bill watanabeBy BILL WATANABE

From time to time, I get asked about the future of Little Tokyo — what will it look like in the coming years, or will it even continue to exist?

Even though I have worked in Little Tokyo for the past 35 years, I don’t believe anyone can really know or even intelligently guess what may happen to our beloved ethnic neighborhood in the coming years. But I do have some thoughts about what is being done to help preserve this historic ethnic enclave and to keep some sense of an “authentic neighborhood.”

First, a little context of optimism and I bring up the movie “Castaway,” in which Tom Hanks has been marooned for years on a deserted island in the Pacific and has given up hope for rescue. One day he is aimlessly sitting on the beach watching the waves breaking onto the shore, as the waves have repeated for eons of time. Suddenly a piece of flotsam is thrown by the waves onto the shore — a large broken shell of an Andy Gump portable toilet from out of nowhere! Hanks grabs this piece of plastic junk and eventually uses it to form a raft to get off the island.

This experience becomes a symbol of optimism and hope for Hanks because he realizes no matter how dark things may seem, “you never know what the tide might bring.” What might the tide bring for Little Tokyo?

Firstly, there’s a new facility about to appear on the horizon — it’s called the Budokan of Los Angeles! Nonprofits like the JACCC and JANM contribute much to the vitality of Little Tokyo. The Little Tokyo Service Center (LTSC) has the property and has raised about half the construction money needed ($10 million so far) and expects to raise the remaining funds within one to two years!

The new Budokan could be built by 2018, which will attract many ethnic (and non-ethnic) youth and families for basketball, volleyball, and martial arts. Young people are the future of any community — and our Nikkei young people are engaged in sports and other interests like anime and cosplay. The Budokan could be the most important new facility for the future Little Tokyo and it is exciting to wonder what else that tide might bring.

Secondly, there’s a train appearing on the horizon — it’s the Metro Connector! This subway station to be located at First Street and Alameda is now under construction and scheduled for completion in 2019. The Metro Connector to the existing Gold Line station will bring thousands of additional riders to Little Tokyo coming from all parts of the County. (There will be a second station near Second Street and Broadway, about two blocks from the Budokan). This will bring more visitors and will undoubtedly attract new businesses that want to be in a setting like Little Tokyo.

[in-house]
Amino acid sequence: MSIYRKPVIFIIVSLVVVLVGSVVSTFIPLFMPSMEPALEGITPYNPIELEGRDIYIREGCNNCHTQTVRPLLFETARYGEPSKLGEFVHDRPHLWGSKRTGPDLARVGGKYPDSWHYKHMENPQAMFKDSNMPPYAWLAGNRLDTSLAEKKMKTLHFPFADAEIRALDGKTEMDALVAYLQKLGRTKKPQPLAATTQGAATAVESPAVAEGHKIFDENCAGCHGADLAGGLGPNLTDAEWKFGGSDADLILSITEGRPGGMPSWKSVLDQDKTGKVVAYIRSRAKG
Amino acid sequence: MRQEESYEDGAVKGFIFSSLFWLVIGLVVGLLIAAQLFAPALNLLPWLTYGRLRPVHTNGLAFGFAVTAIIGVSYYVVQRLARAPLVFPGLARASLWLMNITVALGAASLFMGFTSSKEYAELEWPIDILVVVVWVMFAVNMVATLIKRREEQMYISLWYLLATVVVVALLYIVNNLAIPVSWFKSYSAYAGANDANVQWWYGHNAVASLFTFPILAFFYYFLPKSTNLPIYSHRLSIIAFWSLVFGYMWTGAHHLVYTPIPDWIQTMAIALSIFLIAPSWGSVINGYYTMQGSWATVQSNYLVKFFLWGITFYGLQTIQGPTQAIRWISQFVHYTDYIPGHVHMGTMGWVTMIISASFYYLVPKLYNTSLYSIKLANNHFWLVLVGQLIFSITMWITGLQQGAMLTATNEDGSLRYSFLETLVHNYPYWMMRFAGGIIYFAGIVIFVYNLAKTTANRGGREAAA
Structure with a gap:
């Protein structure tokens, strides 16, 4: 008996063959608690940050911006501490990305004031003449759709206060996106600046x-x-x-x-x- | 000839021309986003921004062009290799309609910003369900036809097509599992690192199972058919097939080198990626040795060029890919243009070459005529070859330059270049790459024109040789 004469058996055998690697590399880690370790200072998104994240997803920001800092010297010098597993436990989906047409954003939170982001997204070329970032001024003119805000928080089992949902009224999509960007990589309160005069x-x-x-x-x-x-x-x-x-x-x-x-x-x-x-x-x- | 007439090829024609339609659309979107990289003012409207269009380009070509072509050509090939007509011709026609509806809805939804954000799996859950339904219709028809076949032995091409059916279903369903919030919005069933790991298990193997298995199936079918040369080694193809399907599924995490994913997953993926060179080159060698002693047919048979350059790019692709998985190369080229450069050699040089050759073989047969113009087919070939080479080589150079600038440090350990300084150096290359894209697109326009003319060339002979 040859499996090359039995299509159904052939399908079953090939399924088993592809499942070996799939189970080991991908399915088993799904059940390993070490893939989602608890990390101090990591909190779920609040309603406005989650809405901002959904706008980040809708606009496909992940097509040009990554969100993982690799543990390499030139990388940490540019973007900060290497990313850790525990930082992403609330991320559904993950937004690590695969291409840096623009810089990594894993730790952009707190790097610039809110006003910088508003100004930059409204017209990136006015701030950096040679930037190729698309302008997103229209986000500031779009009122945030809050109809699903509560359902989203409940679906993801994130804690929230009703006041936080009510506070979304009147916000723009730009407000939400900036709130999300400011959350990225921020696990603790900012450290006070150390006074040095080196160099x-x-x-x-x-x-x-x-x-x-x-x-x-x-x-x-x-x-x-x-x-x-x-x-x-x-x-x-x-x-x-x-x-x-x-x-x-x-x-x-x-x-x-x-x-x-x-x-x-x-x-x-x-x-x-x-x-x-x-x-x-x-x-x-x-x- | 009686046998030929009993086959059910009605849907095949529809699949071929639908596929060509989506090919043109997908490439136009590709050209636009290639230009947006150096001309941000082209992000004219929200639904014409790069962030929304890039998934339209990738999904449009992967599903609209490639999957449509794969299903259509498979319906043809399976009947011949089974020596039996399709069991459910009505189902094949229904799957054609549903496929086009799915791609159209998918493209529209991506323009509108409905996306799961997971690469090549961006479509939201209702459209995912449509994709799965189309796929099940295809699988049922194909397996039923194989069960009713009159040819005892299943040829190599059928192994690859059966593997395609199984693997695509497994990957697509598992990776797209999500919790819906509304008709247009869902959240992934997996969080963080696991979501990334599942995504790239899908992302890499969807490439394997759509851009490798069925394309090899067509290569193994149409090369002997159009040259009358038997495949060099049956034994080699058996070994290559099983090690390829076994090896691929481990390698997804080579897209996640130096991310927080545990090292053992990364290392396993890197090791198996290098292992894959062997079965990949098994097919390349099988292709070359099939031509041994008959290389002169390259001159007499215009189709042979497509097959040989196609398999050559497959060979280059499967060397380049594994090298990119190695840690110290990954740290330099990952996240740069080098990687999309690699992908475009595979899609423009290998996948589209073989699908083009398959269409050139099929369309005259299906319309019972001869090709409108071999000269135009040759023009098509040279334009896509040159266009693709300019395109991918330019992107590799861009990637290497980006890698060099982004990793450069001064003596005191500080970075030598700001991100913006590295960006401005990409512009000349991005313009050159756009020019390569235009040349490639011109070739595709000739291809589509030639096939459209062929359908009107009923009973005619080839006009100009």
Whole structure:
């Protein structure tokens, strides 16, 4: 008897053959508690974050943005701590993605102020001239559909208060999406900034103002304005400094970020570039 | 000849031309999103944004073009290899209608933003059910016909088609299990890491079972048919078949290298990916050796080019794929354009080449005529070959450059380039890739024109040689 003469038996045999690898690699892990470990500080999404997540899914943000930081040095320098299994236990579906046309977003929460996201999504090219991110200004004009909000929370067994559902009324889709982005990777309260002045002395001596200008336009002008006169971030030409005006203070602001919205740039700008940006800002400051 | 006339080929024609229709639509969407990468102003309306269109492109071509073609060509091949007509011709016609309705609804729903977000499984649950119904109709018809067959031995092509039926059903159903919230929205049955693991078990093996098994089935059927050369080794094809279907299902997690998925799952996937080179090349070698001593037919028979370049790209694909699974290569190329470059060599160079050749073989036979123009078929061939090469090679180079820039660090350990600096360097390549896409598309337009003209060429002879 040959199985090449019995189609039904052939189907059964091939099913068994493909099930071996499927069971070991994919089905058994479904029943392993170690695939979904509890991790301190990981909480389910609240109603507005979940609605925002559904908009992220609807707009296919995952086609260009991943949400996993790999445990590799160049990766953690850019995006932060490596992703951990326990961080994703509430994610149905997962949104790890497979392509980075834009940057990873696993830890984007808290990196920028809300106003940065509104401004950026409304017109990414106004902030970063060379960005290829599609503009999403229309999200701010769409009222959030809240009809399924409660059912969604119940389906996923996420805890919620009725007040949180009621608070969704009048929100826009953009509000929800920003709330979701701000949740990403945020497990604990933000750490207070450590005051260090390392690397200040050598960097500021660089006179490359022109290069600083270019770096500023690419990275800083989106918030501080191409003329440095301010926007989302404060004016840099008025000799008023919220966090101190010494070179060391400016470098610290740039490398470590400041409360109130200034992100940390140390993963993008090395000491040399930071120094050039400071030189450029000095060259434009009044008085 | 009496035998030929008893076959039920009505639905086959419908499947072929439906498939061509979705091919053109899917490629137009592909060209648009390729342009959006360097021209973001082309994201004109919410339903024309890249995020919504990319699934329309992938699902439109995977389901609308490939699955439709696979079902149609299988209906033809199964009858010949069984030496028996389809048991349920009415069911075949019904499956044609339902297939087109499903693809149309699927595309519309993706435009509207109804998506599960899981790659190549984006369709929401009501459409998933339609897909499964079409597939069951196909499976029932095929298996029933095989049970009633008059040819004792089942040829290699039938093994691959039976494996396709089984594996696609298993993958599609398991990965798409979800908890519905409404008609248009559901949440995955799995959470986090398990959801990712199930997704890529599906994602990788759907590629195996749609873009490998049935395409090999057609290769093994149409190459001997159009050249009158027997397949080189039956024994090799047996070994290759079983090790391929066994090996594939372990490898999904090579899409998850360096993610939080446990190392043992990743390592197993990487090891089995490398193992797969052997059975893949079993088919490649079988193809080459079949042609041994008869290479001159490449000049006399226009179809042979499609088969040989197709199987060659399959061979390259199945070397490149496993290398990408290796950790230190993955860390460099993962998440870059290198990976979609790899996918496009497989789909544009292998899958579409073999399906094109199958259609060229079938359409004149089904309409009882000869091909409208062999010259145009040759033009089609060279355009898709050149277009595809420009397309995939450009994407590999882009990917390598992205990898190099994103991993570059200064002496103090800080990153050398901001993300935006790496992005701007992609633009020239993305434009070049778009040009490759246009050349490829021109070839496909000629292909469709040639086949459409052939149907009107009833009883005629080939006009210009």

The Metro Connector subway will provide economic help to existing ethnic businesses like the many Japanese restaurants, ethnic confectioneries like Fugetsudo and Mikawaya, Anzen Hardware, and gift shops like Rafu Bussan and Bunka-do. In a few years, throughout the Metro district, all people will have to do to enjoy a Japanese cultural experience is just jump on the Metro and head for Little Tokyo without the traffic and parking hassles! This will be a big wave that the tide brings in for Little Tokyo, but a wave that also brings the powerful challenges of dealing with the forces of gentrification and demographic change.

But wait, thirdly, there’s a planning process going on right now — its called “Sustainable Little Tokyo”! In the past year or two, there have been a series of meetings led by various Little Tokyo groups to address the need for community planning and empowering community advocacy. This is the goal of Sustainable Little Tokyo so that the community can set its own priorities and deal with the forces of gentrification and change.

This planning process is being led by people like Craig Ishii and Kristin Fukushima of Kizuna, and Thomas Yee of LTSC — all of whom are in their 20s and 30s. Sustainable Little Tokyo has engaged assistance from national experts and has been recently selected as one of nine national “Eco-Districts” — and the only one west of Colorado! All of this means that planning for the future of Little Tokyo is in capable and knowledgeable hands that can address the challenges that are coming in future waves.

What will the future bring for Little Tokyo? No one can say for sure, but I am hopeful and optimistic that our community has at least another century to go.


Bill Watanabe writes from Silverlake near downtown Los Angeles and can be contacted at Opinions expressed are not necessarily those of The Rafu Shimpo.

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